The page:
Reintegration of former offenders demands the community's assistance to succeed. By taking local ownership of the reintegration process, it can benefit both returnees and the community. These community-based reintegration projects range from collective returnees and new community-based projects to including returnees in existing community-based projects.

Community-level initiatives

Community-level initiatives should focus on short- and medium-term barriers to reintegration, foster dialogue and social cohesion, support the resilience of returnees, and support the longer-term sustainability of intervention outcomes.

When the community collectively works to combat stigmatization, it empowers former offenders to build meaningful connections and strengthen their social networks.

Community leaders

Community leaders, in particular, play a significant role in the reintegration of ex-prisoners. Depending on the country, these community leaders may include traditional and religious leaders as well as local civil society organizations. By nurturing strong ties to the community, these community leaders play a role in mediating between former offenders and the community.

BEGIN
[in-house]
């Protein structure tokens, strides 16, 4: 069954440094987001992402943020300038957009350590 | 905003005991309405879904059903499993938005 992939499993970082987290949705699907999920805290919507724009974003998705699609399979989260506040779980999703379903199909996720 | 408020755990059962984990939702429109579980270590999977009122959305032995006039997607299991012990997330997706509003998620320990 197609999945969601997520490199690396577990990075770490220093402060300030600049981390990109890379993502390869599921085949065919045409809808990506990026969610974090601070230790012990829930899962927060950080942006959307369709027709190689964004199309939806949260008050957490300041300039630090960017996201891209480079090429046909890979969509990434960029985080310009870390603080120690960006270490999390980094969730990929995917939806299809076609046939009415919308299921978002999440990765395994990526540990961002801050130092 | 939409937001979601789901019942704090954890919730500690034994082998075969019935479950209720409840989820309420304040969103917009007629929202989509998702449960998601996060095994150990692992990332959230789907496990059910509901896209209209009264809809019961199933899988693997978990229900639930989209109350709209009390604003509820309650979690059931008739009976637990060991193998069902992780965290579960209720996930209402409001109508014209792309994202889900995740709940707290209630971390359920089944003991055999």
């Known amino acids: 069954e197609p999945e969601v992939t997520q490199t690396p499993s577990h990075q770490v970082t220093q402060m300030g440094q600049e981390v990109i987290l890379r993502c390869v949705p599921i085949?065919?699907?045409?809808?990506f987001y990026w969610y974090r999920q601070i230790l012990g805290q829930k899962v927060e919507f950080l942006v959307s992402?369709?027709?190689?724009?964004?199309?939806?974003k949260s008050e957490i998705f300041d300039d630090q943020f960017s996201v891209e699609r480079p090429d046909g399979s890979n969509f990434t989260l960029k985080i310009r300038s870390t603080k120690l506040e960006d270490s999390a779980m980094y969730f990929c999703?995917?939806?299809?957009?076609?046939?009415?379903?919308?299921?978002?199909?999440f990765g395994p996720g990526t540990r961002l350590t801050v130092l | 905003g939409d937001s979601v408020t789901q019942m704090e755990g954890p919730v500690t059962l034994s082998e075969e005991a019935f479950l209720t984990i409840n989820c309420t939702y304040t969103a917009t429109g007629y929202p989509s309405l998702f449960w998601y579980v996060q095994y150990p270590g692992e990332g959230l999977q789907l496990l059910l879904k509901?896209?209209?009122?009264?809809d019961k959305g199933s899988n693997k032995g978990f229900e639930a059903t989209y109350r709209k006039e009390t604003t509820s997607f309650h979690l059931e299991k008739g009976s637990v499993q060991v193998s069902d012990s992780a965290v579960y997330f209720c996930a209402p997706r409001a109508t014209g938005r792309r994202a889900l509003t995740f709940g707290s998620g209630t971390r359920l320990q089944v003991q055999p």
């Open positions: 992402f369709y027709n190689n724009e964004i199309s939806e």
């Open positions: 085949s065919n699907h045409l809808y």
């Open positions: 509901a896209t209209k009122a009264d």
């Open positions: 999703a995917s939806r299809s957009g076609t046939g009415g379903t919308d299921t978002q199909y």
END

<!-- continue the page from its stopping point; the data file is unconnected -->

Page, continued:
General public

While criminal justice lands squarely in the laps of the authorities, the public can still play a valuable role in encouraging reintegration and improving the results of criminal justice efforts.

Consider the following steps as a starting point:

  • Engage with law enforcement by volunteering, offering constructive feedback on local authorities, participating in law enforcement surveys, and staying updated with local police departments on social media. 
  • Participate in neighborhood watch and attend community meetings. 
  • Provide informal social control and services that reduce the likelihood of juvenile criminal behavior.  
  • Cooperate with fellow community members to create a safe space for vulnerable individuals. 

point to ponder community initiatives

Are there any other ways that the community can positively contribute to criminal justice and reform?